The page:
National Technical Museum (Prague)
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The National Technical Museum (Czech: Národní technické muzeum) (NTM) in Prague is the largest institution dedicated to preserving information and artifacts related to the history of technology in the Czech Republic. The museum has large exhibits representing approximately 15% of its total collection. The museum also manages substantial archives consisting of approximately 3,500 linear shelf meters of archival material and about 250,000 books. The museum was founded in 1908 and has been in its current location (adjacent to Letná Park) since 1941.
Národní technické muzeum
|Location||Letná, Prague, Czech Republic|
|Visitors||383 000 (2018)|
|Owner||Ministry of Culture|
The collections originate from the professional engineering school (founded in 1717 in Prague), continued by the Prague Polytechnical Institute (founded in 1806) and finally the opening of the Czech industrial museum, founded by Vojtěch Náprstek in 1874. Further parts of his collections were transferred to the museum later in the 20th century. The modern origin is the Technical Museum of Bohemia, opened to the public in 1910 in the Schwarzenberg Palace, renamed the Czechoslovakian Technical Museum in 1918 (with the founding of the state of Czechoslovakia) and moved to its present building in 1942. It was designed by Milan Babuška, the winner of an architectural competition in Functionalist style. The collection moved out during Nazi occupation, then was gradually returned, only fully occupying the main building in the 1990s.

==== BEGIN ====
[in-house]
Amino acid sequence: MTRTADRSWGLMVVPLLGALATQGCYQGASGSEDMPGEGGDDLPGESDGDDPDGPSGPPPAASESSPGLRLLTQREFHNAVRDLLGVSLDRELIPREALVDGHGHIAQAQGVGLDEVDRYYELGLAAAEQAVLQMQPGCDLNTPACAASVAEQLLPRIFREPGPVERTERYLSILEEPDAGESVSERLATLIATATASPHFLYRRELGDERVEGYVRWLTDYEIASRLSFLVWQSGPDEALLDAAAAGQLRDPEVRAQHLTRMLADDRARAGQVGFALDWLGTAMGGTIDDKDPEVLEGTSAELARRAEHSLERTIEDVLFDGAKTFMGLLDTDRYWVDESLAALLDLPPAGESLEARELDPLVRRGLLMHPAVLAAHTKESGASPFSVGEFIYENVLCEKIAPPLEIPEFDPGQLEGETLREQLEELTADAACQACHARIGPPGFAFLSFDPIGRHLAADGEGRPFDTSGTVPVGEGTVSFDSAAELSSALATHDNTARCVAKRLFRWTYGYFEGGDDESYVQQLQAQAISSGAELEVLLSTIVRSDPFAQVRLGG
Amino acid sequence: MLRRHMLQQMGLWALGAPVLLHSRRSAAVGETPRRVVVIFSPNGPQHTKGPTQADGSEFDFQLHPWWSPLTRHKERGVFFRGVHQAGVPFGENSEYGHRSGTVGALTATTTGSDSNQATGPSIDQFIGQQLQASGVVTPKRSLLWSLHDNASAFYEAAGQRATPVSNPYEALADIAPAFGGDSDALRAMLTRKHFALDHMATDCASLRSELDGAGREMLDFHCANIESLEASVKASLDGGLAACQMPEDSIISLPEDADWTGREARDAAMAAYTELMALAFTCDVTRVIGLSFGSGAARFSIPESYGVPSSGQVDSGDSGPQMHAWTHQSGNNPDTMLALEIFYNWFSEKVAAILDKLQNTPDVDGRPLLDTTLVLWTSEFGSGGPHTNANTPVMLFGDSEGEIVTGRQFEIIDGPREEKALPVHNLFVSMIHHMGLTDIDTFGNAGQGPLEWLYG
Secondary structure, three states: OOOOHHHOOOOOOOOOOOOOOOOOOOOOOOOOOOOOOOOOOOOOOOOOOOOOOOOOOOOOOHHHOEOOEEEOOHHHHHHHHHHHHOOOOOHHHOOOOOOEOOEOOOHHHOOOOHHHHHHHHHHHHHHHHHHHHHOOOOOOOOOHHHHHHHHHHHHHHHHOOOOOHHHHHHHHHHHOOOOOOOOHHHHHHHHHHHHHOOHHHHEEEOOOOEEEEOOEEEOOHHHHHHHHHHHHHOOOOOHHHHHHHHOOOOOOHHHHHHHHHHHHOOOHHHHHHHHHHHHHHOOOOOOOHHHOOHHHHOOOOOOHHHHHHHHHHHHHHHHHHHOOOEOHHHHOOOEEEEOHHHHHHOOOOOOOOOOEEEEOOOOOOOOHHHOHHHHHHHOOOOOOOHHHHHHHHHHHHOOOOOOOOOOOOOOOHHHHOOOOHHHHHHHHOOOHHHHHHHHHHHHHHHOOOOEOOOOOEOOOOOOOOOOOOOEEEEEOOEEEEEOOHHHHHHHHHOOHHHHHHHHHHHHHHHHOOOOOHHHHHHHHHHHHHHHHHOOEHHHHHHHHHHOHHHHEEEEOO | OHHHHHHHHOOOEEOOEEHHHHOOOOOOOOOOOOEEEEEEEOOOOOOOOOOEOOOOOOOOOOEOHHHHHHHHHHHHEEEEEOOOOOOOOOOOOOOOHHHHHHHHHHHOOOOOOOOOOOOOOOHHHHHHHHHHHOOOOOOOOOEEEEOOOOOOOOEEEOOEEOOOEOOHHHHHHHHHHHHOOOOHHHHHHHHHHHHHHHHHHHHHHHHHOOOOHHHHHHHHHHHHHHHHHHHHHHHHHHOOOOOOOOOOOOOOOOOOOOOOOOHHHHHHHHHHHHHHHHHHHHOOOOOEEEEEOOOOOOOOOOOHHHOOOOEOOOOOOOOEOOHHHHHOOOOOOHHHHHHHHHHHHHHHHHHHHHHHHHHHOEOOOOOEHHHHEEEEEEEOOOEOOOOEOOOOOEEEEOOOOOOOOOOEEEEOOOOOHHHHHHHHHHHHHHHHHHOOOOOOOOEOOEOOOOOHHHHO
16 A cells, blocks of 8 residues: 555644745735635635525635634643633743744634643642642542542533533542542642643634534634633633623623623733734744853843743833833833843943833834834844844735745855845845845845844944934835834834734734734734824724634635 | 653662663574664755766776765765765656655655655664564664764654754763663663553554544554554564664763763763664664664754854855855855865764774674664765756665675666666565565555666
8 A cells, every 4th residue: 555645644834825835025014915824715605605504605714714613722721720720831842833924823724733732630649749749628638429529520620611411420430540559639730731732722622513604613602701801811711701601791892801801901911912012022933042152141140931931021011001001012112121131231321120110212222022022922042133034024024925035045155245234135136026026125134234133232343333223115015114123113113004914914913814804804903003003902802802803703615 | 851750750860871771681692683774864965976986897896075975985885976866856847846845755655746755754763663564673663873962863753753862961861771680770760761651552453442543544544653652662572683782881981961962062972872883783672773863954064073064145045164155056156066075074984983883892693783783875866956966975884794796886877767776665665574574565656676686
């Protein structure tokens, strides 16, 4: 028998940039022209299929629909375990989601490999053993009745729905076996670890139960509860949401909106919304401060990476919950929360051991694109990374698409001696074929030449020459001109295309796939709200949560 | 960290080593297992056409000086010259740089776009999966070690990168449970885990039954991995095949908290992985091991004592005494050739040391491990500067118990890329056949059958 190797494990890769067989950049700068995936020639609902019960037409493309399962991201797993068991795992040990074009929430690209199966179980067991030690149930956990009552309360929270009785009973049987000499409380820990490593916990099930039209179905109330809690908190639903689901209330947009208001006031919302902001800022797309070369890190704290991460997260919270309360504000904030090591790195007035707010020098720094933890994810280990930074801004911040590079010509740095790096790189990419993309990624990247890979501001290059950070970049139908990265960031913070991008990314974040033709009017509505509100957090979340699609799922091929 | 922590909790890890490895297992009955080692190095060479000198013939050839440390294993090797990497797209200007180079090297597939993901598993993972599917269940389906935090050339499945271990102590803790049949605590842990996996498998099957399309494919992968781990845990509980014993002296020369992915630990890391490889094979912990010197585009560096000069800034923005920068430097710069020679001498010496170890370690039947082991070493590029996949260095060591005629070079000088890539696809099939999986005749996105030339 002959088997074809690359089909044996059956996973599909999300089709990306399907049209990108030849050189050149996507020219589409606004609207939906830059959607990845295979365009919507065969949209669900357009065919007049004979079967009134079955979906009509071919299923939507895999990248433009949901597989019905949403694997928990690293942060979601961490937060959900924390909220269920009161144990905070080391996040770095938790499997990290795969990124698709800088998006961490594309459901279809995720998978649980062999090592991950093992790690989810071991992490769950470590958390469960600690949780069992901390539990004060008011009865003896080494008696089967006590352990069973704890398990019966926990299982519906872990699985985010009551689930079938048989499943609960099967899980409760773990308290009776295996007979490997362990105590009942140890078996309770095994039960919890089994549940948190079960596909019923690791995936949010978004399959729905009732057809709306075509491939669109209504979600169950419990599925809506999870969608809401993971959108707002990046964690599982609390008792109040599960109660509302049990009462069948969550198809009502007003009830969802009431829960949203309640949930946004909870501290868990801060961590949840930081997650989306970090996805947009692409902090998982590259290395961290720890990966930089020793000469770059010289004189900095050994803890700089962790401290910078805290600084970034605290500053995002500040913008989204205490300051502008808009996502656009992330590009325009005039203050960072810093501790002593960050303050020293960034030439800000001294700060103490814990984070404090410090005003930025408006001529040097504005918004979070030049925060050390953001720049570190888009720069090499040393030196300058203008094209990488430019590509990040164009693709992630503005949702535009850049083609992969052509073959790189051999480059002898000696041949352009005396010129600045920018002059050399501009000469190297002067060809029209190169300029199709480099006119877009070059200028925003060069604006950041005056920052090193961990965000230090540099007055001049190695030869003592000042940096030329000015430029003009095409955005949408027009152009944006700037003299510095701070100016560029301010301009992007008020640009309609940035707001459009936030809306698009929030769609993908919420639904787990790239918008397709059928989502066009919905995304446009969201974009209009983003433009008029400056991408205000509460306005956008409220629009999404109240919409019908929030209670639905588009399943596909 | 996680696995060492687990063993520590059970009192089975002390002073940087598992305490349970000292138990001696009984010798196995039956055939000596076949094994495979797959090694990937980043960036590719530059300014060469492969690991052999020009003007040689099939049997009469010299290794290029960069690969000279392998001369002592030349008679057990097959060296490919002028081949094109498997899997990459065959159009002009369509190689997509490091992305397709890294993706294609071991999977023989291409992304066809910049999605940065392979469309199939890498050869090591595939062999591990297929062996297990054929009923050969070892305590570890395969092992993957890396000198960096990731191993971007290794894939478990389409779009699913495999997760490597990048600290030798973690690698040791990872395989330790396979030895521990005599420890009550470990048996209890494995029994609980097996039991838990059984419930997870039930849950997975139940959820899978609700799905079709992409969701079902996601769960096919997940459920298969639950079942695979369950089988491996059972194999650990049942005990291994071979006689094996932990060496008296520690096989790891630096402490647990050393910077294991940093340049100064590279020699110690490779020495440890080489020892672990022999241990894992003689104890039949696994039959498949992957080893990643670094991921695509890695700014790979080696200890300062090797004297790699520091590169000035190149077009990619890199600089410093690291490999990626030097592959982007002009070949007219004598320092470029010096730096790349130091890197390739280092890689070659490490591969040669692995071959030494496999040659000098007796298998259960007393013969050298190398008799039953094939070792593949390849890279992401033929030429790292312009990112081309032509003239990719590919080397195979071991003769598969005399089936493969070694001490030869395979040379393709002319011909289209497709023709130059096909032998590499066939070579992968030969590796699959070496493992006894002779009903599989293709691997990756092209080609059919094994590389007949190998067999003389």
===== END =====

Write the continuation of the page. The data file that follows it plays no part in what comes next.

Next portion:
In 1995 three new galleries were opened: Industrial Design, Single Building, and Fine Arts. Industrial design particularly featured early Czech motorcycles and light fittings, and their processes of manufacture. The Single Building Gallery is used for quarterly exhibitions of models and designs of buildings which have some topical relevance such as an anniversary. The Fine Arts gallery features paintings and sculptures from the 17th to 20th century of subjects related to industry, science and technology.
In 2001 the museum opened a Railroad Museum that contains about 100 railway vehicles.
The 2002 European floods caused damage to some 200 cubic metres of documents at the museum - in a location separate to the main building. Work involved in drying and restoring the materials continued until 2013.
The National Technical Museum was closed from September 2006 to February 2011 for extensive renovations.
Aviation pioneer Jan Kašpar donated the aircraft, with which he had flown his first flight from Pardubice to Velká Chuchle in 1911, to the National Technical Museum in Prague, where it is still on display among many other historic aircraft. Mercedes-Benz W154 (1939), Rudolf Caracciola's car is the most valuable exhibit of the muzeum. Tatra 80 (1935), President Tomáš Garrigue Masaryk's car is the most precious Czech car.
Interior of salon car of Franz Joseph I
Benz Viktoria (1893)
NW Präsident (1898)
De Dion-Bouton L (1902)
Gardner-Serpollet H (1903-1904)
Bike Slavia (1905)
Laurin & Klement voiturette B (1906)
Renault AX (1909)
Laurin & Klement 105 (1924)
Wikov 7/28 (1929)
Jawa 750 (1935)
Tatra 77 (1937)
Mercedes Benz W154 (1938-1939), car of Rudolf Caracciola, speed 315 km/h
Mercedes-Benz 770 (1939-1952)
Avia BH-10 (1924)
Zlín XIII (1937)
Supermarine Spitfire LF Mk.IXE (1945)
Aero HC-2 Heli Baby (1955)
Aero L-39 Albatros (1978)
- "History of National Technical Museum | National Technical Museum Prague". www.ntm.cz. 2012-01-30. Retrieved 2016-12-01.
- Cohen, Paul; Cohen, Brenda (2000). "Journal of College Science Teaching". Journal of College Science Teaching. 30 (3): 213–214. JSTOR 42990702.
- Janousek, Ivo (1995). "Transformations of the National Technical Museum in Prague: Principles and Practice". Museum Management and Curatorship. 14 (2): 181–187.
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